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CS, Lab Divisions Host Students for Annual Job Shadow Day

From computational science to engineering to HR, students get close-up look at career options

April 10, 2015

Contact: Jon Bashor, [email protected], 510-486-5849


2015 Job Shadow Day lab mentors and Albany High students : (From left) Engineering’s Andrew Lambert, Dikshant Shrestha, Public Affairs’ Jon Weiner, Lake Chen, CRD’s Terry Ligocki, Kira Oliver, CRD’s Dan Martin, Ireri Morales, Computing Science’s Jon Bashor, Darcey Davis, Ash Tan, Computing Science’s Marcia Ocon Leimer, Han Wang, Nidina Sapkota, Materials Sciences’ Anne Ruminski, Carter Ta, Engineering’s Dan Cheng, William Xu and CRD’s Craig Tull. Other lab mentors not shown are Roy Kaltschmidt, Kathleen Bjornstad, Dave Cota, Maciek Haranczyk, Keith Beattie, David Skinner and Annette Greiner.

In what has become an annual pilgrimage, 17 Albany High School students interested in science, engineering and other career fields spent a few hours talking with Berkeley Lab mentors, including eight in Computing Sciences. The visits are part of the school’s annual Job Shadow Day in which students in their junior year are paired with mentors around the Bay Area. The lab has hosted 67 students over the past seven years.

“It was a wonderful experience and I had a great time,” said student Ash Tan of his meeting with Terry Ligocki of the Computational Research Division (CRD). “We had a great conversation, and his story helped me make choices for my own future based off of his own experiences while giving me insight into careers I'm interested in. Personally, I thought it was very helpful and enjoyed it a lot.”

"We had a great conversation, and his story helped me make choices for my own future based off of his own experiences while giving me insight into careers I'm interested in."Ash Tan, Albany High School

Ligocki also said he enjoyed the meeting. "We took a look at what I'm currently working on, the Empirical Roofline Tool, and then used that a springboard to discuss my career path and his aspirations," Ligocki said. "He and I both have diverse interests and I think it was good for him to realize that he could embrace that and have a successful career."

In addition to Ligocki, other lab staff who volunteered as mentors were Maciek Haranczyk, Keith Beattie, Dan Martin and Craig Tull of CRD; David Skinner and Annette Greiner of NERSC; Marcia Ocon Leimer of Computing Sciences Human Resources; Roy Kaltschmidt and Jon Weiner of Public Affairs, Andrew Lambert and Daniel Cheng of Engineering; Dave Cota of Facilities; Anne Ruminski of Materials Sciences Division; and Kathleen Bjornstad of the Earth Sciences Division.

“My classmate and I were both able to go to the lab where our mentor, was working. Our mentor showed us a bit of what it was like to work inside his office with design engineering,” said Lake Chen, who shadowed Lambert, who works in Bldg. 71. “Also he was able to show us around the manufacturing part of the lab, which was the coolest part. We also talked about the job industry and what paths in school my classmate and I would have to take to become a mechanical engineer. The trip was very educational.”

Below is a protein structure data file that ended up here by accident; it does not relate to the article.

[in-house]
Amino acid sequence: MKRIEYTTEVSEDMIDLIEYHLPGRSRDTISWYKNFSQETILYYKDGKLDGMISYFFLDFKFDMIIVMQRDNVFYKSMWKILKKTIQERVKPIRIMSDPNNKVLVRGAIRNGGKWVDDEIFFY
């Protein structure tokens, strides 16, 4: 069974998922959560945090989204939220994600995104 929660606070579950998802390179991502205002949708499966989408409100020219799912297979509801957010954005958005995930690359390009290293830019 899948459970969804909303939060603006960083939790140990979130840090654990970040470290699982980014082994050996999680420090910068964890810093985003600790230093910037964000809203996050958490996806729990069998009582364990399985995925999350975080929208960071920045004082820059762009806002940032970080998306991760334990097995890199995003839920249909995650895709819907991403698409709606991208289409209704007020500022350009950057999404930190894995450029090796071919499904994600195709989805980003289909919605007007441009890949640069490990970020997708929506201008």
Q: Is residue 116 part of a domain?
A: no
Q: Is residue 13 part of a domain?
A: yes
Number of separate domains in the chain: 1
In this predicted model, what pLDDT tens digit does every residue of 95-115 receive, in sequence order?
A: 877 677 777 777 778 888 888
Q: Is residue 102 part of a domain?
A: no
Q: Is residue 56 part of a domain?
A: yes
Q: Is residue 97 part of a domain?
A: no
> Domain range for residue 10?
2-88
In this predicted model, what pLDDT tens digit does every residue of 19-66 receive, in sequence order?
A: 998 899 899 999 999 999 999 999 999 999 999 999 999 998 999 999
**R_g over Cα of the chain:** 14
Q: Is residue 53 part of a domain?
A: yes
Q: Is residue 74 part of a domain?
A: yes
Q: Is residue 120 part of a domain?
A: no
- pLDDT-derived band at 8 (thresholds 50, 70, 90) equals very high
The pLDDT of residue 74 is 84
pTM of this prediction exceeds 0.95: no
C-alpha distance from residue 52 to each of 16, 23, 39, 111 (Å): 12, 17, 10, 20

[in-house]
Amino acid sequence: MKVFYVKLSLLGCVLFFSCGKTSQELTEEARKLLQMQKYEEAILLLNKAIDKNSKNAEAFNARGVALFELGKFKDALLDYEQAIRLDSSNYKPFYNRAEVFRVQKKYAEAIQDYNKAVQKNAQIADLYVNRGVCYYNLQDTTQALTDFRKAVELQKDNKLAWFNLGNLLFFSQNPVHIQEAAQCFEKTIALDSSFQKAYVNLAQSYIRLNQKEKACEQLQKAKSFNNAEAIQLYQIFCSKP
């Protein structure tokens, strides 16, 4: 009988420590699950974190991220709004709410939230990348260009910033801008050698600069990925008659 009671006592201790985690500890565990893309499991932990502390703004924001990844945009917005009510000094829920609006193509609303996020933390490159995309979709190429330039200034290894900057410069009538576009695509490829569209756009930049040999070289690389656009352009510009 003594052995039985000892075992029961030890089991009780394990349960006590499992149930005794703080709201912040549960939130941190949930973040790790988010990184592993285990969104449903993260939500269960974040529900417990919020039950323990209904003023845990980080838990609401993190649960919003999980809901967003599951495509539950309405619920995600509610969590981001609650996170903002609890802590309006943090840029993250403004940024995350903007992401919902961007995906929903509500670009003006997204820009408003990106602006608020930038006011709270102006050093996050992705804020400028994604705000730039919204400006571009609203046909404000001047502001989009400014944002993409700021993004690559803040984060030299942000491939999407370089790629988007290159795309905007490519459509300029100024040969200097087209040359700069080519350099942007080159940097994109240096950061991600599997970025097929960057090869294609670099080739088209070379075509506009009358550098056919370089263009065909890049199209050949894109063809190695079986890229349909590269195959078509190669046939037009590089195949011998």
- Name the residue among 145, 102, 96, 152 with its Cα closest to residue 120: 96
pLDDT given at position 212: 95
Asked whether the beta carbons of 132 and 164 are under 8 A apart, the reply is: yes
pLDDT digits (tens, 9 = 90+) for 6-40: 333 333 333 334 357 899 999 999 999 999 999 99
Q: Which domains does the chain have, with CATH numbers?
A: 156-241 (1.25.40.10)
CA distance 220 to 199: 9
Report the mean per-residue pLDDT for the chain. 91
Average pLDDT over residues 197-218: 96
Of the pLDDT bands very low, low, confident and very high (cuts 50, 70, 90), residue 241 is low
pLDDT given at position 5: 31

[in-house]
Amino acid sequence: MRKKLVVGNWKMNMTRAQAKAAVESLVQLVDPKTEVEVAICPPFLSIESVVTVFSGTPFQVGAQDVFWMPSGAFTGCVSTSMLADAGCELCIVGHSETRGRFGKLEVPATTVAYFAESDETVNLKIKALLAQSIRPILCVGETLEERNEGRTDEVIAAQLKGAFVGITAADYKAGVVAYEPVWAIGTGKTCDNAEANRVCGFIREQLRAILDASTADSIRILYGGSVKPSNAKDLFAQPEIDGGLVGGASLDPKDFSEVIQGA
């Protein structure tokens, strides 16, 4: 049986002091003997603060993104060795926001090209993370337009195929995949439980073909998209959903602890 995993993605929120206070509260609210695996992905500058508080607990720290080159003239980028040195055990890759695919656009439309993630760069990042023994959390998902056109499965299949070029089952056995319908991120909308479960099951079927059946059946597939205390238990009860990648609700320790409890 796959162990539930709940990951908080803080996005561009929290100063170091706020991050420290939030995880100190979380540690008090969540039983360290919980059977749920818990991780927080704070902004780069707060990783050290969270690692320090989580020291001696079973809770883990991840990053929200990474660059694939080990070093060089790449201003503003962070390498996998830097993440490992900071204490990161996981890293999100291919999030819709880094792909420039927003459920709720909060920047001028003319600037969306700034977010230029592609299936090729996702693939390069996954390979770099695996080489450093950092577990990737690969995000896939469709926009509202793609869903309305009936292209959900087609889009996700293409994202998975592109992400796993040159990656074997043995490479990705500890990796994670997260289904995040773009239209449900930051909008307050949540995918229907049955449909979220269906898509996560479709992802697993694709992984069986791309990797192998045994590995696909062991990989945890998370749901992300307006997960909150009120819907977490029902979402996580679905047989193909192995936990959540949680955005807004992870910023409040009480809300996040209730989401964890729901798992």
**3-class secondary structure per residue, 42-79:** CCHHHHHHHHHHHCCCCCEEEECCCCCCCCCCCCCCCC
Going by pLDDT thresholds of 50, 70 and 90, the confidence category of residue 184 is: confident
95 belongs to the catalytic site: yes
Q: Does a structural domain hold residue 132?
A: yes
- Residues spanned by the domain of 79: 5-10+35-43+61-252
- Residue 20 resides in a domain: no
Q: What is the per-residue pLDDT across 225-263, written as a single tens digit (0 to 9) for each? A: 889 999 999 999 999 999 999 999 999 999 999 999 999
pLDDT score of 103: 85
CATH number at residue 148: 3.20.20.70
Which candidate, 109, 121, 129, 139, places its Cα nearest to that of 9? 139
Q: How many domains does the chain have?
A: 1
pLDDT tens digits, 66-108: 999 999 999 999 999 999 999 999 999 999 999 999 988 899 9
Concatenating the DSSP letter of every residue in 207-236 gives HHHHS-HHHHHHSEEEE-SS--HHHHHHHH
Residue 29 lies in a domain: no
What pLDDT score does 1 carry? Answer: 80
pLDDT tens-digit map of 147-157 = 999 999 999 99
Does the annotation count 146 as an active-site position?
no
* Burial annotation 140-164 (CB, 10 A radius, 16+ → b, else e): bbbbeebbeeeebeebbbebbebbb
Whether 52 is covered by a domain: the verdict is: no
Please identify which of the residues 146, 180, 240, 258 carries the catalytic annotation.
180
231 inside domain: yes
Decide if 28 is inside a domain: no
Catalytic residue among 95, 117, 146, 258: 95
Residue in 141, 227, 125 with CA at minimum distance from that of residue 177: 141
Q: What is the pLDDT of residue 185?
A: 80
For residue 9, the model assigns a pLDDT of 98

Student Lincoln Colby, interested in mechanical engineering as a career, shadowed Dave Cota of Facilities. “I really felt like he accommodated me and answered my questions truthfully,” Colby said. “I felt like I got an idea of what a day in the life for him is like. I felt very welcome up at the lab. Everyone seemed enthusiastic about having us up there for the day.” 

“My experience at the Lawrence Berkeley Lab was great! Marcia was very friendly, and easy-going,” said Ireri Morales, who is thinking of a career in human resources “I really liked Human Resources. I may have to contact Marcia for more information and advice! Thanks so much for the opportunity.” »See more photos.

About Computing Sciences at Berkeley Lab

High performance computing plays a critical role in scientific discovery, and researchers increasingly rely on advances in computer science, mathematics, computational science, data science, and large-scale computing and networking to increase our understanding of ourselves, our planet, and our universe. Berkeley Lab’s Computing Sciences Area researches, develops, and deploys new foundations, tools, and technologies to meet these needs and to advance research across a broad range of scientific disciplines.

Founded in 1931 on the belief that the biggest scientific challenges are best addressed by teams, Lawrence Berkeley National Laboratory and its scientists have been recognized with 13 Nobel Prizes. Today, Berkeley Lab researchers develop sustainable energy and environmental solutions, create useful new materials, advance the frontiers of computing, and probe the mysteries of life, matter, and the universe. Scientists from around the world rely on the Lab’s facilities for their own discovery science. Berkeley Lab is a multiprogram national laboratory, managed by the University of California for the U.S. Department of Energy’s Office of Science.

DOE’s Office of Science is the single largest supporter of basic research in the physical sciences in the United States, and is working to address some of the most pressing challenges of our time. For more information, please visit energy.gov/science.